Inside Schenley High School, Pete Camarda steps around the ceiling tiles that have dropped about 14 feet to land on the floor of the vacant hallway.
"Let's walk with our heads up," the Pittsburgh Public Schools chief financial and operations officer says. "I keep seeing more of the tiles on the floor."
Indeed, the ceiling of the grand, historic and massive building in Oakland, shuttered as a school in 2008, is pockmarked with missing tiles and water stains. Paint and plaster on the walls, particularly around the windows, are peeling away, leaving piles of debris in the halls where thousands of students once tread.
Without those students in the building to warrant turning on the school's mechanical systems and the air circulation that comes with their activity, the building has deteriorated quickly in the five years it has been vacant, custodians say.
In addition to the continuing cracks, mold and falling debris, a two-foot high bump has appeared in the gymnasium floor, covering about 20 feet. It was first noticed last fall. Custodians speculate that storm water backing up into the swimming pool underneath the gym might be causing moisture to build.
"This wasn't for dramatic purpose," Camarda says as visitors to the school examine the decay. "The situation was as the situation was described."
The district, which decided to close and sell the school after reports that it was facing up to a $64 million repair bill — mainly due to alleged high levels of asbestos — is considering a $5.2 million bid from Philadelphia-based developer PMC/Schenley HSB Associates, LP to purchase the 320,000-square-foot landmark building. PMC has proposed turning the building, built in 1916, into 175 luxury apartments.
The proposal, which has been recommended to the district by its review committee — coordinated by Fourth River Development LLC, which is overseeing the sale of the property on the district's behalf — will be the subject of a public hearing and vote by the city school board later this month.
But despite the building's poor condition and the recommended bidder's plan to turn the facility into condos, Schenley alumni refuse to give up the effort to make sure that their school stays a school.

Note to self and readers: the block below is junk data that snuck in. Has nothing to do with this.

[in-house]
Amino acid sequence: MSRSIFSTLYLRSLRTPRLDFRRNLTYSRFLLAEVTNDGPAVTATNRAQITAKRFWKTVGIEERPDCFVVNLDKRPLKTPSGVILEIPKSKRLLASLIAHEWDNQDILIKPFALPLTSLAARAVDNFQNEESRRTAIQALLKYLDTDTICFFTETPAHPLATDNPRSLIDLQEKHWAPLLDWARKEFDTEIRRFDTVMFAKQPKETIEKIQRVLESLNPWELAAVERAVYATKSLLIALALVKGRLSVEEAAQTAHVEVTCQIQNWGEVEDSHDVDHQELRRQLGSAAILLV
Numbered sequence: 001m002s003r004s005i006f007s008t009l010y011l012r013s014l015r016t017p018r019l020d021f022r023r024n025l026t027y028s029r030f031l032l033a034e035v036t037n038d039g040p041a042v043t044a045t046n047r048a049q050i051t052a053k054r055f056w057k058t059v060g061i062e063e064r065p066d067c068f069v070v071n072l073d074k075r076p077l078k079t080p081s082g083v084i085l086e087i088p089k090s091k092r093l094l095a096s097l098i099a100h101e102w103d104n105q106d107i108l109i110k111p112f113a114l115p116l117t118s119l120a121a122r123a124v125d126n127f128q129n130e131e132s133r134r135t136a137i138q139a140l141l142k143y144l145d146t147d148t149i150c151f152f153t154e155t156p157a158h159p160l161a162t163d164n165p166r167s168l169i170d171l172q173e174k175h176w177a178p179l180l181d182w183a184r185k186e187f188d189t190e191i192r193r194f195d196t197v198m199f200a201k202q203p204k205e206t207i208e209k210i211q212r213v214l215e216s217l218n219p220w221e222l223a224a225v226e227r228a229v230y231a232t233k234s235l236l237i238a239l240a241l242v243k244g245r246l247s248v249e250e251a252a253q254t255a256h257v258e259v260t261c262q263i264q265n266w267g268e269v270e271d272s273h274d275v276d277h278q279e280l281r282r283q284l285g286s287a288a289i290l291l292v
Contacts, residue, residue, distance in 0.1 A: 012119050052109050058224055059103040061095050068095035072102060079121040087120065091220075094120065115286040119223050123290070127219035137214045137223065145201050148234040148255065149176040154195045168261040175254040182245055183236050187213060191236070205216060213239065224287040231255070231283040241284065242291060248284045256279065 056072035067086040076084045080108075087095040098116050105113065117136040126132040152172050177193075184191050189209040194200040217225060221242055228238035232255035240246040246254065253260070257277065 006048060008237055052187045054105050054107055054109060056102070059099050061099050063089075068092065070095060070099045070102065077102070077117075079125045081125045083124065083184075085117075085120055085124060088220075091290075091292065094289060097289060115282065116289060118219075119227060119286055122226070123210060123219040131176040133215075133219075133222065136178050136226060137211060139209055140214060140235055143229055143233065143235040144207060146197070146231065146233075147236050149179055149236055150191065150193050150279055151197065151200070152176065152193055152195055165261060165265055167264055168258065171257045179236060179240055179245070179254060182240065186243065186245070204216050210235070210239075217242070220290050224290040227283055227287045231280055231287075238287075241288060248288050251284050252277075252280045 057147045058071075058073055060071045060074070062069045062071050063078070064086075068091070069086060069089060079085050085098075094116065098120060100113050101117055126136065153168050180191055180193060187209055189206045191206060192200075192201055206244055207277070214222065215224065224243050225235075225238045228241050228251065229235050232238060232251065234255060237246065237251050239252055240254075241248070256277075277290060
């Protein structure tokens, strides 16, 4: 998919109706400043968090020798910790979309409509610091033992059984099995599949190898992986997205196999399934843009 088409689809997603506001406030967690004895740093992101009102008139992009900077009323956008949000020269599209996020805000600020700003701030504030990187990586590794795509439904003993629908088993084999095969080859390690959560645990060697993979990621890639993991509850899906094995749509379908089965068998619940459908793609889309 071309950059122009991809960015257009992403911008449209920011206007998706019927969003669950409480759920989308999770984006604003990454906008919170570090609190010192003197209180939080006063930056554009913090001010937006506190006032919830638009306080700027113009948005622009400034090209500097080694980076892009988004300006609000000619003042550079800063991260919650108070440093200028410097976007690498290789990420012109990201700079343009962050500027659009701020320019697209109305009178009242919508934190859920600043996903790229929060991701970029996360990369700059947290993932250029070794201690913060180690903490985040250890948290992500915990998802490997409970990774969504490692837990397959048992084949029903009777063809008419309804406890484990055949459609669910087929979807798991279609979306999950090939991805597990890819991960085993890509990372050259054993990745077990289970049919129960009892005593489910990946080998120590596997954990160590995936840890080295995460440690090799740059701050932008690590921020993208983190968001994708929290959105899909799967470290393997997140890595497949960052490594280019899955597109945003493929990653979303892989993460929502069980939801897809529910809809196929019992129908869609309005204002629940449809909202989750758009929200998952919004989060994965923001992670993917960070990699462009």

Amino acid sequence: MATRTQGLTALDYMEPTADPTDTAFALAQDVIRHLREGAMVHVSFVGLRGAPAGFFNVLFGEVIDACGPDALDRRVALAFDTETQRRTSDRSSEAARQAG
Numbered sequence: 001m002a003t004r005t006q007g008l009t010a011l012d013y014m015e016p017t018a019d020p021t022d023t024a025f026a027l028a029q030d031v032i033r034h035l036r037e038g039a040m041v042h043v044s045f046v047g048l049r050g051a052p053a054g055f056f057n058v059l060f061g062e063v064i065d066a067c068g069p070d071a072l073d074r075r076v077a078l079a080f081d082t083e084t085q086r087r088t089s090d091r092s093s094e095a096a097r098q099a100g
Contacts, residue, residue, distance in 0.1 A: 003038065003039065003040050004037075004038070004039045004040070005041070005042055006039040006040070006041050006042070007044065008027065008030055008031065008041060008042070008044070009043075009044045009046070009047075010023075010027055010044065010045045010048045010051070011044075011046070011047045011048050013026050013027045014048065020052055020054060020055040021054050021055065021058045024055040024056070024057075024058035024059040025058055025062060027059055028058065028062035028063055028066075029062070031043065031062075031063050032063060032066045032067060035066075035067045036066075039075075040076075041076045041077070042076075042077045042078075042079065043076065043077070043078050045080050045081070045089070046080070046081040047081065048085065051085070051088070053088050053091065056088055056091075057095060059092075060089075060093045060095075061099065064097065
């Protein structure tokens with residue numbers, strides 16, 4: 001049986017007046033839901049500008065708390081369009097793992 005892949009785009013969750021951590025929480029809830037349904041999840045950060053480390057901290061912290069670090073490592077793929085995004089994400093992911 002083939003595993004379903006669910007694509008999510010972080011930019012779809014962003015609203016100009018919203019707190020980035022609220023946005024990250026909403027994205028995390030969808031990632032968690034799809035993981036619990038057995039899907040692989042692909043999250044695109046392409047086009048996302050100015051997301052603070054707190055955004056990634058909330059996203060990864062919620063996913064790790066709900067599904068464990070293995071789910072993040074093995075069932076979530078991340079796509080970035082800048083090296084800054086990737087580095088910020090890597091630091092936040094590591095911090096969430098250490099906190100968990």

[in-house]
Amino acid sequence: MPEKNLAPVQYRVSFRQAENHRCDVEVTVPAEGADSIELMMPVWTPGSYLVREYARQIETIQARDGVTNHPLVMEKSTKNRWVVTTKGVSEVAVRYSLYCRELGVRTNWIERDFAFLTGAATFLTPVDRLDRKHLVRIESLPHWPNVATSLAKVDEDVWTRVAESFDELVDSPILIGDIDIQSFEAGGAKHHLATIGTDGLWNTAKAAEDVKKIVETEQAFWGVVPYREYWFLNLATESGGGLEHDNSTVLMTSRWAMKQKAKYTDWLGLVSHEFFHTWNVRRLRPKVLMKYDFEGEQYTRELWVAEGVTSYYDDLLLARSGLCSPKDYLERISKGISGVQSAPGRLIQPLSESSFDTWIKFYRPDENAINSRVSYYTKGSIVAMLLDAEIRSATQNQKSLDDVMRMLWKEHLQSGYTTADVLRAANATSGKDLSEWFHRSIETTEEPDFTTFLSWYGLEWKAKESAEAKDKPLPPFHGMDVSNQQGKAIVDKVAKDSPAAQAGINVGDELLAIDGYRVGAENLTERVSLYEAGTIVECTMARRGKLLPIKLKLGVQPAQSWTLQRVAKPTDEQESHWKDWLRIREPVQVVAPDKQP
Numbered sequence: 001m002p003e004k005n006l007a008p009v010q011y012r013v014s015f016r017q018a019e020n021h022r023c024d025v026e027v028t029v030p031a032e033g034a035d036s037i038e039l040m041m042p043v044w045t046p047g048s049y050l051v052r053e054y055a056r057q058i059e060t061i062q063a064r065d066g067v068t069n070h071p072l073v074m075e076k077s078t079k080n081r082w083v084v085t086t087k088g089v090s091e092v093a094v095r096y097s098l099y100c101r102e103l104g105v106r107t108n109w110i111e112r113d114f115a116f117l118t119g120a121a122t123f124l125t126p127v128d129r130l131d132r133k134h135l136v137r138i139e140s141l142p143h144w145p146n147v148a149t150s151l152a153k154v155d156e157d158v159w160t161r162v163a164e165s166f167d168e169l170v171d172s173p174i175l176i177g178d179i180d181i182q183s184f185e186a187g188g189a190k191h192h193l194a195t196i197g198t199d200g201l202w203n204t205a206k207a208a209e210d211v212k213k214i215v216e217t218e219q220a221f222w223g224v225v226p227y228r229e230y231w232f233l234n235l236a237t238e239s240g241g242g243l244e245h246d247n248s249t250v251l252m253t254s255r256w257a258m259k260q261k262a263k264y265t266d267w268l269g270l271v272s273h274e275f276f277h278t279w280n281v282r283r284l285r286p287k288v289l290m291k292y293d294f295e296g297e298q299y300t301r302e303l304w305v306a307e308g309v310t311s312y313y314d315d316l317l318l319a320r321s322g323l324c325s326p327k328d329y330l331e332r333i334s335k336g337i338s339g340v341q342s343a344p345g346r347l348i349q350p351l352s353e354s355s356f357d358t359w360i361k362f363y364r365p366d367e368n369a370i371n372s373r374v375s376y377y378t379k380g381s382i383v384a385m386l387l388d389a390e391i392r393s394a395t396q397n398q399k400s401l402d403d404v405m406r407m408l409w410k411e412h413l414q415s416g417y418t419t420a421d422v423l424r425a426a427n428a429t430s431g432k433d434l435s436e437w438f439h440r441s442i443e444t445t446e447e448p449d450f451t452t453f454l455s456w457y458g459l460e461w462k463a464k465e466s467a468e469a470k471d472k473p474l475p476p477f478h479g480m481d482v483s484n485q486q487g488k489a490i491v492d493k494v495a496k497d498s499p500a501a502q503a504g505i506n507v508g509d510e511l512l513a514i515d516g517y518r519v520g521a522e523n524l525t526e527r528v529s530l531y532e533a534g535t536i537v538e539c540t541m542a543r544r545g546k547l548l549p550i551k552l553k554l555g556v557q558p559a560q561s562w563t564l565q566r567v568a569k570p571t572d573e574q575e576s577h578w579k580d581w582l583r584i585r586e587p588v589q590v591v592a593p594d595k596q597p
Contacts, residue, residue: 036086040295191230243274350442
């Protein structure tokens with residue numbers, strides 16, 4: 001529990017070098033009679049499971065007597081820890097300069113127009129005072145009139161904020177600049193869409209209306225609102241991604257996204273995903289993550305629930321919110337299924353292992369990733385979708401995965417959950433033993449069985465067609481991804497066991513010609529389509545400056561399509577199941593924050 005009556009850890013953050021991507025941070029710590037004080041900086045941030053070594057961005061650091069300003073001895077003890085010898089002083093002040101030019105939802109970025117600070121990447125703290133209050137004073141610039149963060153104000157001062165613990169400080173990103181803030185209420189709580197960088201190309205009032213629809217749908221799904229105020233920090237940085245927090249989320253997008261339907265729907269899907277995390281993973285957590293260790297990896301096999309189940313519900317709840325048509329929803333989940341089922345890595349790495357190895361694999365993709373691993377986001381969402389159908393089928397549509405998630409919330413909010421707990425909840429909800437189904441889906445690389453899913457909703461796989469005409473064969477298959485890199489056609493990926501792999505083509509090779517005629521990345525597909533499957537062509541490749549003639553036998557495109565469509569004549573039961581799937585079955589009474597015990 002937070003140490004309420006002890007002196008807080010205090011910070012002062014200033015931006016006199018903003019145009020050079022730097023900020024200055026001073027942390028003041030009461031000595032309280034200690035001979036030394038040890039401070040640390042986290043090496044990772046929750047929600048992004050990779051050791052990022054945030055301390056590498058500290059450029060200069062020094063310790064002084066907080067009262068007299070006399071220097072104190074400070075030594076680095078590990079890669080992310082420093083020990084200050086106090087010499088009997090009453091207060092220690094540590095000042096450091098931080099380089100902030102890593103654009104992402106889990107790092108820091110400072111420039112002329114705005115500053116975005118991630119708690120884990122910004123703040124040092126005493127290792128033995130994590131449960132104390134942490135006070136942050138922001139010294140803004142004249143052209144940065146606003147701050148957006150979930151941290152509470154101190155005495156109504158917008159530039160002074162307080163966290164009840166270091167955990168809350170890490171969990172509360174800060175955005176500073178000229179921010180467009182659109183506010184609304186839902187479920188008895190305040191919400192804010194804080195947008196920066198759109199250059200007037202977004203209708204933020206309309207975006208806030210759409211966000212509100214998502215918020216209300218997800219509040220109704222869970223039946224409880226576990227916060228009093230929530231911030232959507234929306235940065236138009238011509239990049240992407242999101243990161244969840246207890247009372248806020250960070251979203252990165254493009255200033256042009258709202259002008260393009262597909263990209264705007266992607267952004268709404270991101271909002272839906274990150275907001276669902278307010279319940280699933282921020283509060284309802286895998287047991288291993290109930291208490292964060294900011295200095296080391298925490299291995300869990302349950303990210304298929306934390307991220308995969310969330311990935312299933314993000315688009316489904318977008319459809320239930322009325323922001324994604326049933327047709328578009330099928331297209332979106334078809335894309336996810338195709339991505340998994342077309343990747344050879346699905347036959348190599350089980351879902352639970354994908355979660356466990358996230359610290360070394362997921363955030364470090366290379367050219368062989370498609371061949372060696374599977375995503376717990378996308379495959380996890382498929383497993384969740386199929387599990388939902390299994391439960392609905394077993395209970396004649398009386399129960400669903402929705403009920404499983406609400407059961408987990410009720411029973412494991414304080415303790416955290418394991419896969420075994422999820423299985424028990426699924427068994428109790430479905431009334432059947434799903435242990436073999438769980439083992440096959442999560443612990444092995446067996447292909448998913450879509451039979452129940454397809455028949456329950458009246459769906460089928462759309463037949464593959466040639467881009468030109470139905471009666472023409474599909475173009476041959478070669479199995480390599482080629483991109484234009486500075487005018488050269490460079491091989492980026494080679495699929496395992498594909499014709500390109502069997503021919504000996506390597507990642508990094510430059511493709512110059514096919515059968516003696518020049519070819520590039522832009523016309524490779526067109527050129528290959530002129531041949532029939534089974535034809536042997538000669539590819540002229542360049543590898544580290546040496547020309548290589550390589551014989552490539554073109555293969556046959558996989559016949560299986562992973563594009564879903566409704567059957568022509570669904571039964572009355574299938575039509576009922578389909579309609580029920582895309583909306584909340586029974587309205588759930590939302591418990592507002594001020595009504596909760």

"I think there is a group that keeps the issue alive, and they are very successful at that," says Pittsburgh school board member Sherry Hazuda.
- Photo courtesy of Pittsburgh Urban Media
- Edward Alexei (second from left), Liz Berlin (fourth from left) and David Tinker (fifth from left) protest with other Schenley alumni last week.
Their movement, given renewed life last summer after a report surfaced challenging the level of asbestos in the building, won a victory last month when the school board agreed to re-examine the costs to renovate the school before voting on PMC's bid.
If that fails, alumni who organized their own bid for the school — the Andy Warhol School of Visual and Performing Arts (the name is pending approval by the Andy Warhol Foundation) — are continuing their lobbying. The group's leaders say they are not deterred despite being passed over by the review committee that examined each of the four bids submitted to buy the property.
"It's not over until the actual deed to the property and the building are handed over to PMC," says 1988 alum Edward Alexei, who is leading the AWSVPA charge to purchase the building in order to keep it a school. "Just because we didn't get the nod from the committee doesn't mean we're going to stop."
Over the next few weeks, the school board is hoping to resolve the debate over Schenley, one way or another. A set of reports reviewing the history of the decision and offering updated estimates for the school's renovations, prepared by Pittsburgh Schools Superintendent Linda Lane, are expected as soon as this week.
"We have to be fiscally responsible to taxpayers, and that's where the challenge is," Hazuda says.
Alexei, like other Schenley graduates, says he is horrified at the damage done to his beloved school, calling it shameful that it has been left in disrepair.
But he says he's even more aghast at the idea of it going into a developer's hands.
"When I heard they were going to turn it into condos, I said, ‘Hell, no.' You can quote that," he says.
Born in the Ukraine, Alexei, with his parents and his older sister, came to Pittsburgh in 1979 when he was 9 years old. He went through the international studies and high-technology magnet programs at Schenley. He went on to launch a career in the technology industry, founding a startup called Hungry Mouse Inc. at the age of 25. It provided a way to order food online for takeout or delivery, and its first partners were America Online and Pizza Hut.
He says he believes in being able to make the impossible possible.
"I hounded the chief information officer at Pizza Hut for six months before he gave me a meeting," Alexei says.
He went on to found and exit from another company, Data Line Products, and has remained in the technology industry, investing and consulting. He lives now in San Francisco with his wife and 4-year-old son and works for Citrix, the company perhaps best known for its GoToMeeting software.
His parents still live in Stanton Heights, along with two dozen other relatives in the city, who all followed them from the Ukraine, he says.